Random acts of meanness

Recovered from the Wayback Machine.

Shannon writespeople are mean in response to a particularly nasty posting and related comments. She’s right: people can be mean, practicing random acts of meanness.

Sometimes, the acts are deliberate — nasty little cuts inflicted from the safety and distance that this disconnected environment provides. Mostly, though, the acts aren’t deliberate as much as they are accidental. Acts of humor become perceived acts of humiliation; a simple action of no consequence becomes a deep and painful wound.

The acts become warped and bent by our unusual perspective. We’re no different than a group of people standing in a room, each person facing a different direction with our backs to each other, and each shouting at the walls as loudly as possible: CAN YOU HEAR ME!

Yes! But I can’t hear you!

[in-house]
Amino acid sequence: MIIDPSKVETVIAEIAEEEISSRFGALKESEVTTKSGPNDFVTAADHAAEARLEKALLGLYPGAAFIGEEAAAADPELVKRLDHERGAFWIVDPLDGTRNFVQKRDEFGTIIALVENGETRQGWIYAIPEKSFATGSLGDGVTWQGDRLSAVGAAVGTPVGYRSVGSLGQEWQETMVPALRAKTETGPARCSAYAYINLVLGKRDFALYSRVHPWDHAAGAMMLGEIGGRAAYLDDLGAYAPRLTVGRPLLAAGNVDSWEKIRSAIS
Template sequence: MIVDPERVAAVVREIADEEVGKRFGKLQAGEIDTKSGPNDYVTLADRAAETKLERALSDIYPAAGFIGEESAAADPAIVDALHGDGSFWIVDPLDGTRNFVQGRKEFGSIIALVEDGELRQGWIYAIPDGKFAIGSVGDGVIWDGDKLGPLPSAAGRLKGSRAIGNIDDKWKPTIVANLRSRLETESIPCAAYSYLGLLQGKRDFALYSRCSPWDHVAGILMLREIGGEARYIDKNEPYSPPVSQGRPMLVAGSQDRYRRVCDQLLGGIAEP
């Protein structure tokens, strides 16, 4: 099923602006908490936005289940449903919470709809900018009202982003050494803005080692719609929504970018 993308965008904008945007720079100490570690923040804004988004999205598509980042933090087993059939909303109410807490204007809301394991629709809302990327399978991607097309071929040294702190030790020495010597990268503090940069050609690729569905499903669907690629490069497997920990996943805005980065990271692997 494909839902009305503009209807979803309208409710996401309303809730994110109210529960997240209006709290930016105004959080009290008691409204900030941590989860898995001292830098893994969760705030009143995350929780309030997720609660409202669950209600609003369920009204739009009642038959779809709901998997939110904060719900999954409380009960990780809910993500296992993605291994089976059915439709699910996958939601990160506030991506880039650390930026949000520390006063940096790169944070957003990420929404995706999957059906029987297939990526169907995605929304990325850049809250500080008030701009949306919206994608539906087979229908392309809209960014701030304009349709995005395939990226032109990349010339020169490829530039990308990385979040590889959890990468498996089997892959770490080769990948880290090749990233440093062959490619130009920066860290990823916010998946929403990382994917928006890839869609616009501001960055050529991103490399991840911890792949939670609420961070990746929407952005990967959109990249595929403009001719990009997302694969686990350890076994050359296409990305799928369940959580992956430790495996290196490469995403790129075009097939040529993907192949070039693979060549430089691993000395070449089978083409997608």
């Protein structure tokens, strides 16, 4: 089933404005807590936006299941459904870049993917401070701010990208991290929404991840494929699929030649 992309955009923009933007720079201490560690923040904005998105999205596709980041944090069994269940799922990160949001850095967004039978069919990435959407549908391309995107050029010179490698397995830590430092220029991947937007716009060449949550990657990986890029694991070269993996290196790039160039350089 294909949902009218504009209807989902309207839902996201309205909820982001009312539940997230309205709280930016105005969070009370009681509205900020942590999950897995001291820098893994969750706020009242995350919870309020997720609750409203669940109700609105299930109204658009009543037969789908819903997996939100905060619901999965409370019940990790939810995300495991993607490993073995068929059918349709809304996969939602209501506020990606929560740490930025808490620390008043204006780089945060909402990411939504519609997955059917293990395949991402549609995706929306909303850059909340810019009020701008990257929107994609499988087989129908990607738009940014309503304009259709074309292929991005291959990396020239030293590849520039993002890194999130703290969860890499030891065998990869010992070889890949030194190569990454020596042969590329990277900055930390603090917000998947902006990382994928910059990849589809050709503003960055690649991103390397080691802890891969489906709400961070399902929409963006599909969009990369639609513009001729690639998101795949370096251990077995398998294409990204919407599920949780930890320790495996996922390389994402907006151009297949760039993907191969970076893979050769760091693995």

How can we possibly know or fully understand what will trigger pain or anger given this environment?

edited: It is true that people can practice random acts of meanness. What caused me to withdraw and isolate last week was one random act and what brought me back today was another. Yet, act of what? In addition to meanness, people also practice random acts of humor, love, arrogance, friendship, indifference, sadness, anger, despair, hope, joy, gladness, generosity, and even nobility. Unfortunately, sometimes when viewed through the quicksilver folds of this medium, these acts can also be viewed as mean.

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